On September 19, 2022, Judge Nathanial M. Gorton of the United States District Court for the District of Massachusetts granted final approval of a $485 million global settlement to resolve claims against Ranbaxy in this antitrust, federal RICO, and state consumer protection MDL for allegedly manipulating the U.S. Food and Drug Administration’s generic drug approval process to block competitors from coming to market and forcing purchasers to pay supracompetitive prices for its valganciclovir hydrochloride and valsartan products. Of the $485 million global settlement, $340 million will go to the certified class of Direct Purchasers.
Prior to the global settlement, on May 14, 2021, the court granted class certification to both Direct Purchaser and End-Payor Plaintiffs.
Cohen Milstein represented the Direct Purchaser Class.
Originally filed by Direct Purchaser Plaintiffs in May 2015 in federal court in Massachusetts and subsequently consolidated with a lawsuit filed by End-Payor Plaintiffs, Plaintiffs allege that starting in the early 2000’s, Ranbaxy exploited the FDA’s “abbreviated new drug applications” (ANDAs) in order to secure valuable first-to-file generic status and lucrative 180-day exclusivity that comes with the first-to-file status. (During this exclusivity period no other manufacturer is permitted to market a generic version of the subject drug.) Among other things, Plaintiffs claim that Ranbaxy filed numerous ANDAs, many of them filled with misleading or false representations, including that Ranbaxy facilities and procedures were (or would soon to be) in compliance with manufacturing requirements for the production of the products. In so doing, as each of the ANDAs came up for review, Ranbaxy dragged out the review processes with the FDA, further delaying any would-be generic manufacturer seeking to enter that particular drug market.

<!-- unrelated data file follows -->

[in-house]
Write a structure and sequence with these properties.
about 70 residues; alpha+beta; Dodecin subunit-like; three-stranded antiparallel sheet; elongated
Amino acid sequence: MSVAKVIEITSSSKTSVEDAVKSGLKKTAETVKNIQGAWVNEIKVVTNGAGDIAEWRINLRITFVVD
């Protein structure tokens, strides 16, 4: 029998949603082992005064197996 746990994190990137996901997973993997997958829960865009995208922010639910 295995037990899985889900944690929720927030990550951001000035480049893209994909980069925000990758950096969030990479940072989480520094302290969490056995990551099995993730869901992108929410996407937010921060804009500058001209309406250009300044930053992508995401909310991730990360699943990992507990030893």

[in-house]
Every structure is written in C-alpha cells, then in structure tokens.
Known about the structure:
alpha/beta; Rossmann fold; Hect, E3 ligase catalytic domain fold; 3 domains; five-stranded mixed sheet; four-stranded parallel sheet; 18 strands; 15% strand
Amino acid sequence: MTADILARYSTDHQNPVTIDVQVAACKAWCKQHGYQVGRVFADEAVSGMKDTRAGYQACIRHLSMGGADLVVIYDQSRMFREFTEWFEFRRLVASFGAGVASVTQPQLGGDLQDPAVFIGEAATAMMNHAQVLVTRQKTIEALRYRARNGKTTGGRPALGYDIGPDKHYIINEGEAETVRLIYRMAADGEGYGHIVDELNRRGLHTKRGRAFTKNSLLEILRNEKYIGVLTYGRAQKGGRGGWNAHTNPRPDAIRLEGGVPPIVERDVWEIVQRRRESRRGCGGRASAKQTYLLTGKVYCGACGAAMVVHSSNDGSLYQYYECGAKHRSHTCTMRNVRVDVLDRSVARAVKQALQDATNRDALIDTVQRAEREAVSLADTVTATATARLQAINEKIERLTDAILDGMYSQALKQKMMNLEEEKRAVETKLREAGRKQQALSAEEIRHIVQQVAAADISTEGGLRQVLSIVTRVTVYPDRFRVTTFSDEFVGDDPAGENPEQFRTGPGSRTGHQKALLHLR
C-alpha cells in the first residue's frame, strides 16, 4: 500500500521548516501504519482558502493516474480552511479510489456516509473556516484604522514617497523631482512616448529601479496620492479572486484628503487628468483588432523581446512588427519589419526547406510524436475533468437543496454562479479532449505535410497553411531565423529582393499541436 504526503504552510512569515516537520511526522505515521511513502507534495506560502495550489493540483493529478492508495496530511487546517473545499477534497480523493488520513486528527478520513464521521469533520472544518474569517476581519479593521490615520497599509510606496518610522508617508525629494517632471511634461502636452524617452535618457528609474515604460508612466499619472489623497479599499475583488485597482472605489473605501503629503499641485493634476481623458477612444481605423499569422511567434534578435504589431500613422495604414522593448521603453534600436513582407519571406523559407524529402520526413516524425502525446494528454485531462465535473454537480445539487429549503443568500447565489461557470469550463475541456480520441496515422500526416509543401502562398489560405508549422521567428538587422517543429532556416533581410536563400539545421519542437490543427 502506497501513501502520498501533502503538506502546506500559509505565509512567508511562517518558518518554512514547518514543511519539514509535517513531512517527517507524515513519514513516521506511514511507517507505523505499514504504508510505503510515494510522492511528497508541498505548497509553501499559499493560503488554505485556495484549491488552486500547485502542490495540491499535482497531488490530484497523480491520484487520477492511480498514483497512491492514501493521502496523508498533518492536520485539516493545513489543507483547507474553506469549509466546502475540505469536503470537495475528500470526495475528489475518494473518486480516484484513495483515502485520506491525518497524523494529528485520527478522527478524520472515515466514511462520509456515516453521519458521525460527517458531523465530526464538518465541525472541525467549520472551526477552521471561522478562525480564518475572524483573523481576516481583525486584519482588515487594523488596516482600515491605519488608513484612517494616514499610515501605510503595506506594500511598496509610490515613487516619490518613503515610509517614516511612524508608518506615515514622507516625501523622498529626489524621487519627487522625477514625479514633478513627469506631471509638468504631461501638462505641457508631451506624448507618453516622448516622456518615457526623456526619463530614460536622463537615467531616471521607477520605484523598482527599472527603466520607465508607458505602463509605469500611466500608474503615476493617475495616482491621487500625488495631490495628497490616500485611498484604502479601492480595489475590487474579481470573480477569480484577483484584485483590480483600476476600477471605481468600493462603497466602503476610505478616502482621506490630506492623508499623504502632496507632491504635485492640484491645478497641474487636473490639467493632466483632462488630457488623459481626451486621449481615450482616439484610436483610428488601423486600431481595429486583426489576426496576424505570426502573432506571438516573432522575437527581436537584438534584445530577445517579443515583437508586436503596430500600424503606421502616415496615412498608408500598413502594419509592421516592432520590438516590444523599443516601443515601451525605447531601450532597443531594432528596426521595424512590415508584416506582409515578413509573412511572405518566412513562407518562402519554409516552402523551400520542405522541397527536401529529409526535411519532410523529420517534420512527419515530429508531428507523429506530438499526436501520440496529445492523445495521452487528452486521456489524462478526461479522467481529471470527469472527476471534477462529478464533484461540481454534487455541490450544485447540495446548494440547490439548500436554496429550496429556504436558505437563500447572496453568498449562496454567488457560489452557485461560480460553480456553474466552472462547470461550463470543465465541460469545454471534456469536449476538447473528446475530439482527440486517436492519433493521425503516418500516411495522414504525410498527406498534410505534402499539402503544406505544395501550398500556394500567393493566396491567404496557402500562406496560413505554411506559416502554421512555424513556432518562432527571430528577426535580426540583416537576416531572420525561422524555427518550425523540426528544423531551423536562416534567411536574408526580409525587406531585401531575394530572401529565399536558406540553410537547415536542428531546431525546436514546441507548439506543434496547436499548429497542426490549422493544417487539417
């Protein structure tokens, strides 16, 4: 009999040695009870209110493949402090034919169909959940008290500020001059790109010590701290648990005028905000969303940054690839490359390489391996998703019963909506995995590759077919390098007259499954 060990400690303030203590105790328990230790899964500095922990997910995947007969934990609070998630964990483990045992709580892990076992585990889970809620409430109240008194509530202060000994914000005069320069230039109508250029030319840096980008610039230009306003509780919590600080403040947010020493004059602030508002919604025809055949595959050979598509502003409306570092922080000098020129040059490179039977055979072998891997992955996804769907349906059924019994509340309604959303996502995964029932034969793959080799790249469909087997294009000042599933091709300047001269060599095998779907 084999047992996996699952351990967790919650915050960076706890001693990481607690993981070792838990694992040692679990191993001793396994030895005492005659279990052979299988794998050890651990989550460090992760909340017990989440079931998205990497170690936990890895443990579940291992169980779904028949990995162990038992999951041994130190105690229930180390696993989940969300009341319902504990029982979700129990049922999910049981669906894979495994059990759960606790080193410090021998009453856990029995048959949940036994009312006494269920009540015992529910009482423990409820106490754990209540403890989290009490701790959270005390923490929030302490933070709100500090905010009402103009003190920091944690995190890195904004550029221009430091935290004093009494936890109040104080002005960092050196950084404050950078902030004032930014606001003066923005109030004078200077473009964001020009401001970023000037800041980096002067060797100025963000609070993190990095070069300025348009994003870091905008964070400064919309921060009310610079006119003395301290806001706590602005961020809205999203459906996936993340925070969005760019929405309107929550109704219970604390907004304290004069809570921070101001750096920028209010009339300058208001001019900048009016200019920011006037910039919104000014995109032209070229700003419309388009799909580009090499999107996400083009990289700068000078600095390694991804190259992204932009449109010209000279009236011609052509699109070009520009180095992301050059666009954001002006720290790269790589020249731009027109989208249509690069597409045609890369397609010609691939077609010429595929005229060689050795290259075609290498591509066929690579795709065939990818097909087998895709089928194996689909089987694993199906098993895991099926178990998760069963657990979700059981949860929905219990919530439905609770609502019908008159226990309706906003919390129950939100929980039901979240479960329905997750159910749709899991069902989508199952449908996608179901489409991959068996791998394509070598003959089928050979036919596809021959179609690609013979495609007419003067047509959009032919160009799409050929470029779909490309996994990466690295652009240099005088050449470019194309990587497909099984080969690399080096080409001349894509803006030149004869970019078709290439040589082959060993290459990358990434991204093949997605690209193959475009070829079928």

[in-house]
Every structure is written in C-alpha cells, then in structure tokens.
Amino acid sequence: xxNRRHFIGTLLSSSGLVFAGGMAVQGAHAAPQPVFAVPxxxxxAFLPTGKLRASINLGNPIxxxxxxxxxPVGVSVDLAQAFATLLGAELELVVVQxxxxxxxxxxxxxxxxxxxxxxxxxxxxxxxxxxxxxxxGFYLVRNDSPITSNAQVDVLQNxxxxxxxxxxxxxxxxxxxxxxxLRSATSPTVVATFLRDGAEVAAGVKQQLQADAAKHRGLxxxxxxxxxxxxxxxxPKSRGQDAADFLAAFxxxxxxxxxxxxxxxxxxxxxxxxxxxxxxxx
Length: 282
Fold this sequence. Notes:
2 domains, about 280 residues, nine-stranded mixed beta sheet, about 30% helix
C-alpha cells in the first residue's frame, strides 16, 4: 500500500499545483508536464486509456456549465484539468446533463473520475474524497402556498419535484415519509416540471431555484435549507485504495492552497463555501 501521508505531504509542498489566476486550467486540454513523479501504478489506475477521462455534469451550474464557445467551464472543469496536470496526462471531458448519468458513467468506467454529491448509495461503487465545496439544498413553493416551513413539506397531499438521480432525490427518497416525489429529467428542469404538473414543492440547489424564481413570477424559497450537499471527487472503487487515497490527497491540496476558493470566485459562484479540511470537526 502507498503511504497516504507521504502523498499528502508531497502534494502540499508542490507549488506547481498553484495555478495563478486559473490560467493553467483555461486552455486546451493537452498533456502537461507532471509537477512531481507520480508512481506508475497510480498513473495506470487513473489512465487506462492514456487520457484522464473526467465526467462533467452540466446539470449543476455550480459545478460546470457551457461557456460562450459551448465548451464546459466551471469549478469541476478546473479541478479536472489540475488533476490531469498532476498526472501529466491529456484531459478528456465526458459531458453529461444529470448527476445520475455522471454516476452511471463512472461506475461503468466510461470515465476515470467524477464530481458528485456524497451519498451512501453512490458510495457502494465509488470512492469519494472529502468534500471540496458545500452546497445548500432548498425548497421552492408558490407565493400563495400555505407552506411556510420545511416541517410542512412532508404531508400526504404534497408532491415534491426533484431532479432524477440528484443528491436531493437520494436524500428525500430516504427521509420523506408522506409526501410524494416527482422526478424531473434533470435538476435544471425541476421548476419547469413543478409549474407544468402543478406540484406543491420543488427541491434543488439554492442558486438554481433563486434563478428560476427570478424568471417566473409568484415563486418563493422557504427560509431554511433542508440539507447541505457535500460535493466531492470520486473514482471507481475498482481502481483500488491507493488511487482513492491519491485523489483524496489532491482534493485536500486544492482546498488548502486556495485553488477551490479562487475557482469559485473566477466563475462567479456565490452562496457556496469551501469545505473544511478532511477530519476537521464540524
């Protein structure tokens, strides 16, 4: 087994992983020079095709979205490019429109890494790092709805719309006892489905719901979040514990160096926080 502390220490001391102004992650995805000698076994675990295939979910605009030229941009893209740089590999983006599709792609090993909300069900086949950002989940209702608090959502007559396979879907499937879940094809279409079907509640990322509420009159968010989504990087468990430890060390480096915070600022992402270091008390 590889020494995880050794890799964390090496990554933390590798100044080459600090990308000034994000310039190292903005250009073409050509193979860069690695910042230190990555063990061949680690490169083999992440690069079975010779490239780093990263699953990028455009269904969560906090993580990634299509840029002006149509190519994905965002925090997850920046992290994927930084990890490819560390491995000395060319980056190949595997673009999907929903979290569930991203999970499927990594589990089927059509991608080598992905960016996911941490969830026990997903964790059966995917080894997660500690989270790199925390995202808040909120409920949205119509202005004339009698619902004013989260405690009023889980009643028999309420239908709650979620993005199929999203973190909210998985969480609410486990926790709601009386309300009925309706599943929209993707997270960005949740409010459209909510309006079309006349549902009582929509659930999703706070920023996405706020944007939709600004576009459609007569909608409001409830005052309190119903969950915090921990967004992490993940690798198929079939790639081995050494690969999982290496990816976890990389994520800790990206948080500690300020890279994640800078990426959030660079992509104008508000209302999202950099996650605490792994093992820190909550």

Specifically, Plaintiffs claim, in 2004 and 2005, Ranbaxy submitted the first substantially complete ANDAs for three brand drugs at issue: Diovan, Nexium and Valcyte. It subsequently obtained tentative approval from the FDA for its ANDAs for each of those drugs in 2007 and 2008. Despite its early success, Ranbaxy failed to secure final approval for its generic version of Diovan until June 2014 and did not bring that generic to market until July 2014.
During this time, Plaintiffs further claim, the FDA obtained a consent decree in 2012 to address Ranbaxy’s regulatory compliance issues, and in 2013, the U.S. Department of Justice imposed a $500 million criminal fine and civil penalty on Ranbaxy for past transgressions. Having uncovered Ranbaxy’s scheme and before Defendant could secure final approval for its generic Nexium and Valcyte ANDAs, the FDA revoked its tentative approval for both drugs in 2014 and Ranbaxy’s generic versions were never brought to market.
Plaintiffs assert that but for defendants’ allegedly anti-competitive conduct, generic versions of those three drugs would have entered the market and been available at lower prices much sooner. As a result, Plaintiffs contend they paid artificially inflated prices for generic versions of Diovan, Nexium and Valcyte during the Class Periods.